find an early '80s Ford DFL or DFY. might be expensive, but the wail of an old F1 engine from an era when, as far as race cars go, the women were men, the children were men, and the men sure as hell were men, that exhaust note would send chills down your spine the first time you punched it in a tunnel

Mikey52_1
Mikey52_1 HalfDork
11/19/10 11:50 p.m.

Wow, that duratec pdf is LOADED with stuff! And I noted that it's also 'confidential', so how'd it end up here, where it can only be used in ways that FoMoCo never imagined? I ask you.... Anyway, I think I really like that little powerplant...lots of possibilities. And the re-engined Sunbeam? Whooeee! My stars and garters! That's cool!

pres589
pres589 HalfDork
11/19/10 11:53 p.m.

Yeah this thread just got pointless.

Javelin
Javelin SuperDork
11/20/10 8:35 a.m.

Couple of points...

Truck LS motors are not all iron block. It's quite easy to find the aluminum 5.3 version. There was also an aluminum 6.0 if I remember correctly. Car Craft and Hot Rod have built enough of the AL 5.3's for me to be sure they exist.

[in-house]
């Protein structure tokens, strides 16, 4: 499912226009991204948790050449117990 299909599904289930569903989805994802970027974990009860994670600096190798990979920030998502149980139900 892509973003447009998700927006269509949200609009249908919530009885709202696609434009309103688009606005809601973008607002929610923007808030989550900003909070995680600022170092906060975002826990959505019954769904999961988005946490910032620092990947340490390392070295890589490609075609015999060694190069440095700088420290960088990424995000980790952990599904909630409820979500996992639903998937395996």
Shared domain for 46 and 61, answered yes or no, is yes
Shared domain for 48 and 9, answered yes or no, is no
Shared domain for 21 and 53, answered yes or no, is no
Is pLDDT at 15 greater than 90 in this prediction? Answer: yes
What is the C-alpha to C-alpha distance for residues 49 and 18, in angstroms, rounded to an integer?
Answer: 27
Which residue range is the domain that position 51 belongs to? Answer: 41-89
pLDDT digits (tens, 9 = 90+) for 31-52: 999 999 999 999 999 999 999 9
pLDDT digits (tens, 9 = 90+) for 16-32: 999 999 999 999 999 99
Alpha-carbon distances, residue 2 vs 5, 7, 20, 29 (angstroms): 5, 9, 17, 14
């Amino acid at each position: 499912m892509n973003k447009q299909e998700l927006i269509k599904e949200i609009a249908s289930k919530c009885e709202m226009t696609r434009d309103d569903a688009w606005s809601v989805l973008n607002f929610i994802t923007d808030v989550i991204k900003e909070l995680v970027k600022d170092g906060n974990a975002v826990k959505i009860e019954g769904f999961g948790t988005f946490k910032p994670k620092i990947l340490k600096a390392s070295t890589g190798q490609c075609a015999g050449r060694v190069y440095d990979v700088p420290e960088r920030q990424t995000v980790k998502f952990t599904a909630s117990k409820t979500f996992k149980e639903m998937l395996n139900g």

Second, a 5.0 and 302 are freaking identical. Yes, an 86 and later 5.0 will have a roller cam. There's no other differences! I disassembled a 88 5.0 (fuel injected, TFI, roller cam) that had D2 part # rods. In Ford speak D2 = 1972. They use the same block, crank, and rods in all of them. And if you add a $85 girdle to the mains it will last well over 500HP N/A.

Now, back to the thread... After reading all of this stuff about a motor I thought was crap, the Ford V6 actually seems like a sweet idea. I did a little digging, and the very last V6 fox Mustangs in 2004 had the 4.0! Grab one of those cheap for the engine and 5-speed manual, it would be a sweet start to the XR4.

Knurled
Knurled HalfDork
11/20/10 6:11 p.m.
Javelin wrote: Couple of points... Truck LS motors are not all iron block. It's quite easy to find the aluminum 5.3 version. There was also an aluminum 6.0 if I remember correctly. Car Craft and Hot Rod have built enough of the AL 5.3's for me to be sure they exist.